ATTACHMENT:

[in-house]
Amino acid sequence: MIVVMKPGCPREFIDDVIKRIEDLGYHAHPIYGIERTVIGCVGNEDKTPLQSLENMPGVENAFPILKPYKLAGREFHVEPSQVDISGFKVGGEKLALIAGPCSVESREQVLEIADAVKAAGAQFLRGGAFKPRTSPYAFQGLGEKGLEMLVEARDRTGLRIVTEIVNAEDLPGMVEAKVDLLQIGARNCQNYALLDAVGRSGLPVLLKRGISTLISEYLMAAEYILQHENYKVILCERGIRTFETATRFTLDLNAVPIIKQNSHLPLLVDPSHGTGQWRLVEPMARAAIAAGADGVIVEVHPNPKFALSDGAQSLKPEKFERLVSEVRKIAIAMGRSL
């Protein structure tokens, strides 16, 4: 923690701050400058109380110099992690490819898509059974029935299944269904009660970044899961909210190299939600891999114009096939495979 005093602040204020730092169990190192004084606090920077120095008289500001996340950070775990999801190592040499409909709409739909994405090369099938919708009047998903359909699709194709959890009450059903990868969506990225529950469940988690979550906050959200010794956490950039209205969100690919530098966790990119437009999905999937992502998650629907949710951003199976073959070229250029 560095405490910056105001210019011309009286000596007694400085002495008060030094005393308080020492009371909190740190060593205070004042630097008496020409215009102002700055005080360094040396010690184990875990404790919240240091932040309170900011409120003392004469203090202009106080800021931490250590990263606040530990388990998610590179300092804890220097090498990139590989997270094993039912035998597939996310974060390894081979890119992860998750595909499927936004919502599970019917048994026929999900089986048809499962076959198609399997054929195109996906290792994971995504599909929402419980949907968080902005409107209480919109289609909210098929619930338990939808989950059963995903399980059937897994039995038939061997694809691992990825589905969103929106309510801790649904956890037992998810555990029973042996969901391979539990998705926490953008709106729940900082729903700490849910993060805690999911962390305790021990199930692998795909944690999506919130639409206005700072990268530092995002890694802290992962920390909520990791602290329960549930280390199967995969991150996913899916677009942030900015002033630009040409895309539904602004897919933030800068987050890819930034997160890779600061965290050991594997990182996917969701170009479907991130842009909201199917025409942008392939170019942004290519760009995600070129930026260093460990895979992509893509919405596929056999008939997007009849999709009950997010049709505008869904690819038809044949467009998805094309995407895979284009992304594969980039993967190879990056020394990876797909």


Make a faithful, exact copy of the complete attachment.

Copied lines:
[in-house]
Amino acid sequence: MIVVMKPGCPREFIDDVIKRIEDLGYHAHPIYGIERTVIGCVGNEDKTPLQSLENMPGVENAFPILKPYKLAGREFHVEPSQVDISGFKVGGEKLALIAGPCSVESREQVLEIADAVKAAGAQFLRGGAFKPRTSPYAFQGLGEKGLEMLVEARDRTGLRIVTEIVNAEDLPGMVEAKVDLLQIGARNCQNYALLDAVGRSGLPVLLKRGISTLISEYLMAAEYILQHENYKVILCERGIRTFETATRFTLDLNAVPIIKQNSHLPLLVDPSHGTGQWRLVEPMARAAIAAGADGVIVEVHPNPKFALSDGAQSLKPEKFERLVSEVRKIAIAMGRSL
């Protein structure tokens, strides 16, 4: 923690701050400058109380110099992690490819898509059974029935299944269904009660970044899961909210190299939600891999114009096939495979 005093602040204020730092169990190192004084606090920077120095008289500001996340950070775990999801190592040499409909709409739909994405090369099938919708009047998903359909699709194709959890009450059903990868969506990225529950469940988690979550906050959200010794956490950039209205969100690919530098966790990119437009999905999937992502998650629907949710951003199976073959070229250029 560095405490910056105001210019011309009286000596007694400085002495008060030094005393308080020492009371909190740190060593205070004042630097008496020409215009102002700055005080360094040396010690184990875990404790919240240091932040309170900011409120003392004469203090202009106080800021931490250590990263606040530990388990998610590179300092804890220097090498990139590989997270094993039912035998597939996310974060390894081979890119992860998750595909499927936004919502599970019917048994026929999900089986048809499962076959198609399997054929195109996906290792994971995504599909929402419980949907968080902005409107209480919109289609909210098929619930338990939808989950059963995903399980059937897994039995038939061997694809691992990825589905969103929106309510801790649904956890037992998810555990029973042996969901391979539990998705926490953008709106729940900082729903700490849910993060805690999911962390305790021990199930692998795909944690999506919130639409206005700072990268530092995002890694802290992962920390909520990791602290329960549930280390199967995969991150996913899916677009942030900015002033630009040409895309539904602004897919933030800068987050890819930034997160890779600061965290050991594997990182996917969701170009479907991130842009909201199917025409942008392939170019942004290519760009995600070129930026260093460990895979992509893509919405596929056999008939997007009849999709009950997010049709505008869904690819038809044949467009998805094309995407895979284009992304594969980039993967190879990056020394990876797909």